I reported in July how Author Solutions made $297,000 from selling book-signing packages at the Word on the Street Festival in Toronto. I followed that up with the disturbing news that the organizers of the event didn’t care.

The following month, I highlighted a similar scam taking place at Miami Book Fair International – one which Author Solutions made over half a million dollars from at their 2012 event. Delia Lopez, the Director of Operation of the Miami Book Fair didn’t care either, telling me by email: “The Fair as an organization does not take positions on these issues.”

This week I discovered another prestigious literary festival which has been welcoming Author Solutions for several years. From figures in their own press release regarding the 2013 LA Times Festival of Books, Author Solutions hosted 80 book signings and showcased 1,100 titles.

By their own price list – where they charge $3,999 for the former and $599 for the latter – this netted Author Solutions $658,900 for “showcasing” those books and a further $319,920 for the book signings. That’s a total of almost one million dollars. From one event!

It’s great to get a victory against Author Solutions, but it’s time to increase the pressure on the companies and organisations which still have links with the company. I’ve been asked by readers to compile a list of such links, and I’ve copied that below. Please note that this isn’t an exhaustive list, it’s what I’ve been pull together so far, relying heavily on the work of Victoria Strauss at Writer Beware (who has been covering this story for much longer than I have) and Emily Seuss (who has blogged about Author Solutions and its subsidiaries in incredible detail here).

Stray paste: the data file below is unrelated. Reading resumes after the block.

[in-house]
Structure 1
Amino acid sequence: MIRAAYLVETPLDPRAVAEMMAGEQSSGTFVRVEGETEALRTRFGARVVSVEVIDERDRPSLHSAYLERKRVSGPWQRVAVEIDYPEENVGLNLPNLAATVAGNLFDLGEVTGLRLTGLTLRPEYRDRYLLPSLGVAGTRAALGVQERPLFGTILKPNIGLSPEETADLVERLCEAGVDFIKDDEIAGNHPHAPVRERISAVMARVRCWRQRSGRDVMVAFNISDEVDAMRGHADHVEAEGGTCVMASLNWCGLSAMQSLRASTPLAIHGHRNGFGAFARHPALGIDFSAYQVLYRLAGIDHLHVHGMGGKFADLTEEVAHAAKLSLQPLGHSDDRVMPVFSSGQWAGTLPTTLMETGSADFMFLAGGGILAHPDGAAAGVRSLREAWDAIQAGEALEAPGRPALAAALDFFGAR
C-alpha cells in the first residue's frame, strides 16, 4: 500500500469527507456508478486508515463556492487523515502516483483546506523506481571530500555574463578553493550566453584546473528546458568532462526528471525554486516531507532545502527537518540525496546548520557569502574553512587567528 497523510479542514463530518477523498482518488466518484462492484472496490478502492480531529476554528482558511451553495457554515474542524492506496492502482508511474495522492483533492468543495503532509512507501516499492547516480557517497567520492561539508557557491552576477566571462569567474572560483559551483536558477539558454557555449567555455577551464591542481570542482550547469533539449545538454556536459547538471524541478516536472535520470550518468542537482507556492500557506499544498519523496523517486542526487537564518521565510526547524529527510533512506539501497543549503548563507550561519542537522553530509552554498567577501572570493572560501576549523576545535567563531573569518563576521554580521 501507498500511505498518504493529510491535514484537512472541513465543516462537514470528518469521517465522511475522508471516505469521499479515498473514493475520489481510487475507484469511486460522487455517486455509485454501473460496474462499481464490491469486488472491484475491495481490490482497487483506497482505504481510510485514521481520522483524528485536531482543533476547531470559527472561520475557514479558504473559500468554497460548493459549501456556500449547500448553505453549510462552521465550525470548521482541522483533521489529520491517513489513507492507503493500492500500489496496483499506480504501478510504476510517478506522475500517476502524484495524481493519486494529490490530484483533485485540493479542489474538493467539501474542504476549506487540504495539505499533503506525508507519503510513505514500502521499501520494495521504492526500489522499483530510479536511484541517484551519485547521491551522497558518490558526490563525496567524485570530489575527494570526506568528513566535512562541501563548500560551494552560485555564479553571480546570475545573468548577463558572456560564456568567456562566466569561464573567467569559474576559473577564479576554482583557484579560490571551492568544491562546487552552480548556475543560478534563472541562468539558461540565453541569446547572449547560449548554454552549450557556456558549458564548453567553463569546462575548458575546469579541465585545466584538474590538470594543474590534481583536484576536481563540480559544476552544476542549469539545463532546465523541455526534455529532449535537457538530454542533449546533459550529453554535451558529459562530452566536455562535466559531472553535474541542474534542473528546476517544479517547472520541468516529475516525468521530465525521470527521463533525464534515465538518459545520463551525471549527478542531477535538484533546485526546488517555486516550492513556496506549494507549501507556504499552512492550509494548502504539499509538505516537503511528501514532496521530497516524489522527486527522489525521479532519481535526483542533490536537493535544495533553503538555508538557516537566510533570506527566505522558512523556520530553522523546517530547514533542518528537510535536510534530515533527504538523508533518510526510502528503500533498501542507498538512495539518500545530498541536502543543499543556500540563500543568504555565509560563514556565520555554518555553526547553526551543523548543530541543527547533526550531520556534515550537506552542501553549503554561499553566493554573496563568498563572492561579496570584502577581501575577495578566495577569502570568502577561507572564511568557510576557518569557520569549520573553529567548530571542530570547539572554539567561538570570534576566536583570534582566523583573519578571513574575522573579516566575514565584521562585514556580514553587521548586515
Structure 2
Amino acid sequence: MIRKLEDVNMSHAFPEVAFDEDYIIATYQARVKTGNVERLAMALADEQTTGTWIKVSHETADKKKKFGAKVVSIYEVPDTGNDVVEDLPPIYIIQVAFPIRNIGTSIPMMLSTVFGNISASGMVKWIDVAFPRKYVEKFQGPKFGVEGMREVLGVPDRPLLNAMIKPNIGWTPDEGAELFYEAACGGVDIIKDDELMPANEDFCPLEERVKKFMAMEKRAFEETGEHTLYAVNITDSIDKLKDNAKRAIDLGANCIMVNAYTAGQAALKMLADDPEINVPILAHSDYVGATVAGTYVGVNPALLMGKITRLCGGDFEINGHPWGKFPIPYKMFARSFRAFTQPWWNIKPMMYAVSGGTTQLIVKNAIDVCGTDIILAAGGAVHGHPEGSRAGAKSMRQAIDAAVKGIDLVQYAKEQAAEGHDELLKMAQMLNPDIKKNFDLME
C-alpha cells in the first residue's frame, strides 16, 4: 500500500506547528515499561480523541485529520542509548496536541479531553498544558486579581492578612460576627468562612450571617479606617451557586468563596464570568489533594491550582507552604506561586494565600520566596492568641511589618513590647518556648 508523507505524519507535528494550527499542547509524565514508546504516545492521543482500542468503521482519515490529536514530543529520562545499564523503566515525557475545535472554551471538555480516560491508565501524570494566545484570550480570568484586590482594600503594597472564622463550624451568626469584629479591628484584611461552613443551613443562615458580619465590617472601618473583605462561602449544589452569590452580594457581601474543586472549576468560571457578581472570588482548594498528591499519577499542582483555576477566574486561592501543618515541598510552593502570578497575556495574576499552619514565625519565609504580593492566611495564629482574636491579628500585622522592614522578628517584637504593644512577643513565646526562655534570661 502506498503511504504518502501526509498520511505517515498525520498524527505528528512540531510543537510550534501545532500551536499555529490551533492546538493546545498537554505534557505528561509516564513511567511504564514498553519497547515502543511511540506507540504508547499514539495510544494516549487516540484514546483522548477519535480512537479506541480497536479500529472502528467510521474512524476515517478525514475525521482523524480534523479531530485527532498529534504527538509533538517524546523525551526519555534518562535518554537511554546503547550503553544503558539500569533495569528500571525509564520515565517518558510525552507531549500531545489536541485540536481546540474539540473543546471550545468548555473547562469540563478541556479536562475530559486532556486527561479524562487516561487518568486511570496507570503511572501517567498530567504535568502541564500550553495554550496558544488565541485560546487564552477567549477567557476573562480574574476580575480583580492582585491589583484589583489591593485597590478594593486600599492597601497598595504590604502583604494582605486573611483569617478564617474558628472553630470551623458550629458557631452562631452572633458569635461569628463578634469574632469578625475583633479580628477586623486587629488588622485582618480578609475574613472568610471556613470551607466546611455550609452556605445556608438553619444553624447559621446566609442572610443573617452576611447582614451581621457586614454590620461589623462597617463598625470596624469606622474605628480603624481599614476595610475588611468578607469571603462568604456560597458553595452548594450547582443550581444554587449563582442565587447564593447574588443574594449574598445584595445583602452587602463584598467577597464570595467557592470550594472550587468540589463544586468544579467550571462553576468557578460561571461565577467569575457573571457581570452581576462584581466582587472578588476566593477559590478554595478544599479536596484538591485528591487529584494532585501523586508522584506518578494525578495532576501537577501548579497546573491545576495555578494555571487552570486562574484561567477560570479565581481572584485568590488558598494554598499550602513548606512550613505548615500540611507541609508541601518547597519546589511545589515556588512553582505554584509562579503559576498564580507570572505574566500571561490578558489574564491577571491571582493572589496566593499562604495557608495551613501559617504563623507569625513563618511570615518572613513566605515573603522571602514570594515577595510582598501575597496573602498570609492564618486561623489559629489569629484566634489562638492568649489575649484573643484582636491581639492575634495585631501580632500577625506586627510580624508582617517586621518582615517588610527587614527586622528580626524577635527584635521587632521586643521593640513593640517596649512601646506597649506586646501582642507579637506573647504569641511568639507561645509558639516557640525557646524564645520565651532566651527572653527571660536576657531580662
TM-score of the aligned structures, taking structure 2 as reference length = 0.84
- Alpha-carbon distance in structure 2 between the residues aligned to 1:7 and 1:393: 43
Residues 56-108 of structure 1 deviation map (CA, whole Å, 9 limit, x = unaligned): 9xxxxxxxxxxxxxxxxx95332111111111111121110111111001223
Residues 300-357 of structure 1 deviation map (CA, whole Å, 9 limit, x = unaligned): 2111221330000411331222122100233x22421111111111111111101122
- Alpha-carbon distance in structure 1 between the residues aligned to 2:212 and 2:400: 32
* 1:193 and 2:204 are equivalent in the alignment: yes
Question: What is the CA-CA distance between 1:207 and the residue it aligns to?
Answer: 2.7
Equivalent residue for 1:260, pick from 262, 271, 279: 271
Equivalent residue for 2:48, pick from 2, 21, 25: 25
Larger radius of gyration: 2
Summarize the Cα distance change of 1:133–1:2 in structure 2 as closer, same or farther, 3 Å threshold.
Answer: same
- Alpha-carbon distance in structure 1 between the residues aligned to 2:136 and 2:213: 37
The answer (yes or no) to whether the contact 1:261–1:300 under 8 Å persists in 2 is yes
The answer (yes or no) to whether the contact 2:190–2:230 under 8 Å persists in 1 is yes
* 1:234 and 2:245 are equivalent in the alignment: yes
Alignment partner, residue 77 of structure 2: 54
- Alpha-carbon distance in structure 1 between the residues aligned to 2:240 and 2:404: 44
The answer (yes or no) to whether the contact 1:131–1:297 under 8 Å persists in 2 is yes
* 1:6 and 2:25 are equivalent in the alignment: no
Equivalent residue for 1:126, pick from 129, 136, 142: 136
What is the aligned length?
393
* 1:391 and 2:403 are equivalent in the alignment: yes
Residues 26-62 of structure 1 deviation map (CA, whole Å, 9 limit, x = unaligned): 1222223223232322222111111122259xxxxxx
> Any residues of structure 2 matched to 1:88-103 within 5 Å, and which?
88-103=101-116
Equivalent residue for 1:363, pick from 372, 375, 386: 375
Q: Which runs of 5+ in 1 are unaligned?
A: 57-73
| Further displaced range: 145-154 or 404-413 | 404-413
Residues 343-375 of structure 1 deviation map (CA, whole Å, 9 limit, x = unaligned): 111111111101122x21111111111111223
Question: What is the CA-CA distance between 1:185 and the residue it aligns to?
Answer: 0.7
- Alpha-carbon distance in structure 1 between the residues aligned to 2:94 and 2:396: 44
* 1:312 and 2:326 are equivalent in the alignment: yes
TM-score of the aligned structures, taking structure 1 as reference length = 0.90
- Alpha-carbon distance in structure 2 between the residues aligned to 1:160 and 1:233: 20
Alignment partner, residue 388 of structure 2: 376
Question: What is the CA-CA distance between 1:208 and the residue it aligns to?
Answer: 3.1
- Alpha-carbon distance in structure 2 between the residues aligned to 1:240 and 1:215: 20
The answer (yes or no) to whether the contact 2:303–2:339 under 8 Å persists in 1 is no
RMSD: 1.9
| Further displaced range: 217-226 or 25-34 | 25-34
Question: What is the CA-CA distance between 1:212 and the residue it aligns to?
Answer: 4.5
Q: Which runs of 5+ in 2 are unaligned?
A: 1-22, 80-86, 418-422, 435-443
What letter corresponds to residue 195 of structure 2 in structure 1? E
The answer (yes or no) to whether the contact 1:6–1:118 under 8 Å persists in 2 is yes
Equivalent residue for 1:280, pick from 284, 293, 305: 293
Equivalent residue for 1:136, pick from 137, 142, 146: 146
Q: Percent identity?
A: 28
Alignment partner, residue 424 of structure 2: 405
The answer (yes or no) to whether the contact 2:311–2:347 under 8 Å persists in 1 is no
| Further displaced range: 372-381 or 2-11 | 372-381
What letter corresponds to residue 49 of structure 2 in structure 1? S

Author Solutions Subsidiaries & Brands: AuthorHouse, Trafford, iUniverse, Xlibris, Palibrio, BookTango, WordClay, FuseFrame, PitchFest, Author Learning Center, and AuthorHive.

Vanity Presses powered by Author Solutions: Archway (for Simon & Schuster), Partridge (for Penguin), Westbow (for Thomas Nelson/HarperCollins), Balboa Press (Hay House), Abbot Press (Writers’ Digest/F+W Media), Dellarte Press (Harlequin).

Customer Service/Marketing Packages by Author Solutions: BookCountry, Lulu.

Companies which recommend Author Solutions: Sony, Overdrive

Publishers with vanity presses run by Author Solutions: Simon & Schuster, Penguin, Thomas Nelson/Harper Collins, Hay House, Writers’ Digest/F&W Media, Harlequin.

Conferences/Festivals that allow Author Solutions scams: Toronto Word on the Street, Miami Book Fair International, LA Times Festival of Books, Tucson Festival of Books

Companies which run Author Solutions ads: London Review of Books, Guardian Weekly, Library Journal, Kirkus, Publishers Weekly, New York Review of Books, Readers’ Digest, ForeWord, Clarion, Ingram, and the New York Times.

Instead of blaming the victims, we should remember how vulnerable we were when starting out. We should remember how little we knew about how publishing really worked. Remember the deceptive methods Author Solutions uses to ensnare customers (practices which have landed Author Solutions and Penguin with a class action suit).

Look at the list of companies above. And then read this story from The Bookseller about a UK agent referring rejected authors to vanity presses.

Still think it’s the victim’s fault?

What can you do?

There are only so many hours I can put in to digging into the huge web of deceit that surrounds Author Solutions, and that pales in comparison to the amount of time Victoria Strauss and Writer Beware have put in on this issue. It would be a full time job for a whole team of people, to be honest.